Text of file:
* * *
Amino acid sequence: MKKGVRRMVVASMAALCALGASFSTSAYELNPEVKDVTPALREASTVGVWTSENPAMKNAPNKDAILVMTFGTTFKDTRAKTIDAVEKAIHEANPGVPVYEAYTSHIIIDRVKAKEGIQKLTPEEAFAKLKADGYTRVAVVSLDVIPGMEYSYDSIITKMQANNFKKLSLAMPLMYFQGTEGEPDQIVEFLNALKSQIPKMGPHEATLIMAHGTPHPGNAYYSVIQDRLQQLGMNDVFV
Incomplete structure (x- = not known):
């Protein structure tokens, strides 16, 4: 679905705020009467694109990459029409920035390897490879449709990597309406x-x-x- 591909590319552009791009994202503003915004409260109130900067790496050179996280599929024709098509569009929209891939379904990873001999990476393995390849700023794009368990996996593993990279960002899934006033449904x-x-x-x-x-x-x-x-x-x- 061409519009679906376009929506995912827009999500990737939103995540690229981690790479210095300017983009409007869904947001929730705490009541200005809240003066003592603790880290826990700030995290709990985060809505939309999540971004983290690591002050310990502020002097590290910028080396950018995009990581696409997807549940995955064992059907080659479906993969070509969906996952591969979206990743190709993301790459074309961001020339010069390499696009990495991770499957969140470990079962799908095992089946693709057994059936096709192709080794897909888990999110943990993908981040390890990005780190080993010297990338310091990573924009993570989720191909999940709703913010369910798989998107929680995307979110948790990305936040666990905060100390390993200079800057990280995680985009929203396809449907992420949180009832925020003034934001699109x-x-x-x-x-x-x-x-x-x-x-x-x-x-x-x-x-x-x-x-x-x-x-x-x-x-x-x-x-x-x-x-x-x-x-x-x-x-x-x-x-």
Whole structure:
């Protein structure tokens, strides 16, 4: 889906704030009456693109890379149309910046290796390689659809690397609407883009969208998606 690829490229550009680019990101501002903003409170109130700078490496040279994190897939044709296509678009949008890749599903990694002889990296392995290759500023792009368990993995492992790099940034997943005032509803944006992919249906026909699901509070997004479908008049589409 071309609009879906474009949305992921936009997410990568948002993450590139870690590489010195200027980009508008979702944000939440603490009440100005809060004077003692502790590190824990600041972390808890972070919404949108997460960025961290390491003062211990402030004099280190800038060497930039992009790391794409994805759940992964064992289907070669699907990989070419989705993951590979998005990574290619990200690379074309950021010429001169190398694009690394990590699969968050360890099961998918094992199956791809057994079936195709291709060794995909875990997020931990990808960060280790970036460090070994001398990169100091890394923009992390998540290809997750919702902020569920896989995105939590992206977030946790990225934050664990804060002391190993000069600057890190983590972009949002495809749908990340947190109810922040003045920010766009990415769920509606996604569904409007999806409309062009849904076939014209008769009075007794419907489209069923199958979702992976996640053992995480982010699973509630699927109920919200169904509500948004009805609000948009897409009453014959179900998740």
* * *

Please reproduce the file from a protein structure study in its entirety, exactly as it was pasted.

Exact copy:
Amino acid sequence: MKKGVRRMVVASMAALCALGASFSTSAYELNPEVKDVTPALREASTVGVWTSENPAMKNAPNKDAILVMTFGTTFKDTRAKTIDAVEKAIHEANPGVPVYEAYTSHIIIDRVKAKEGIQKLTPEEAFAKLKADGYTRVAVVSLDVIPGMEYSYDSIITKMQANNFKKLSLAMPLMYFQGTEGEPDQIVEFLNALKSQIPKMGPHEATLIMAHGTPHPGNAYYSVIQDRLQQLGMNDVFV
Incomplete structure (x- = not known):
């Protein structure tokens, strides 16, 4: 679905705020009467694109990459029409920035390897490879449709990597309406x-x-x- 591909590319552009791009994202503003915004409260109130900067790496050179996280599929024709098509569009929209891939379904990873001999990476393995390849700023794009368990996996593993990279960002899934006033449904x-x-x-x-x-x-x-x-x-x- 061409519009679906376009929506995912827009999500990737939103995540690229981690790479210095300017983009409007869904947001929730705490009541200005809240003066003592603790880290826990700030995290709990985060809505939309999540971004983290690591002050310990502020002097590290910028080396950018995009990581696409997807549940995955064992059907080659479906993969070509969906996952591969979206990743190709993301790459074309961001020339010069390499696009990495991770499957969140470990079962799908095992089946693709057994059936096709192709080794897909888990999110943990993908981040390890990005780190080993010297990338310091990573924009993570989720191909999940709703913010369910798989998107929680995307979110948790990305936040666990905060100390390993200079800057990280995680985009929203396809449907992420949180009832925020003034934001699109x-x-x-x-x-x-x-x-x-x-x-x-x-x-x-x-x-x-x-x-x-x-x-x-x-x-x-x-x-x-x-x-x-x-x-x-x-x-x-x-x-």
Whole structure:
């Protein structure tokens, strides 16, 4: 889906704030009456693109890379149309910046290796390689659809690397609407883009969208998606 690829490229550009680019990101501002903003409170109130700078490496040279994190897939044709296509678009949008890749599903990694002889990296392995290759500023792009368990993995492992790099940034997943005032509803944006992919249906026909699901509070997004479908008049589409 071309609009879906474009949305992921936009997410990568948002993450590139870690590489010195200027980009508008979702944000939440603490009440100005809060004077003692502790590190824990600041972390808890972070919404949108997460960025961290390491003062211990402030004099280190800038060497930039992009790391794409994805759940992964064992289907070669699907990989070419989705993951590979998005990574290619990200690379074309950021010429001169190398694009690394990590699969968050360890099961998918094992199956791809057994079936195709291709060794995909875990997020931990990808960060280790970036460090070994001398990169100091890394923009992390998540290809997750919702902020569920896989995105939590992206977030946790990225934050664990804060002391190993000069600057890190983590972009949002495809749908990340947190109810922040003045920010766009990415769920509606996604569904409007999806409309062009849904076939014209008769009075007794419907489209069923199958979702992976996640053992995480982010699973509630699927109920919200169904509500948004009805609000948009897409009453014959179900998740």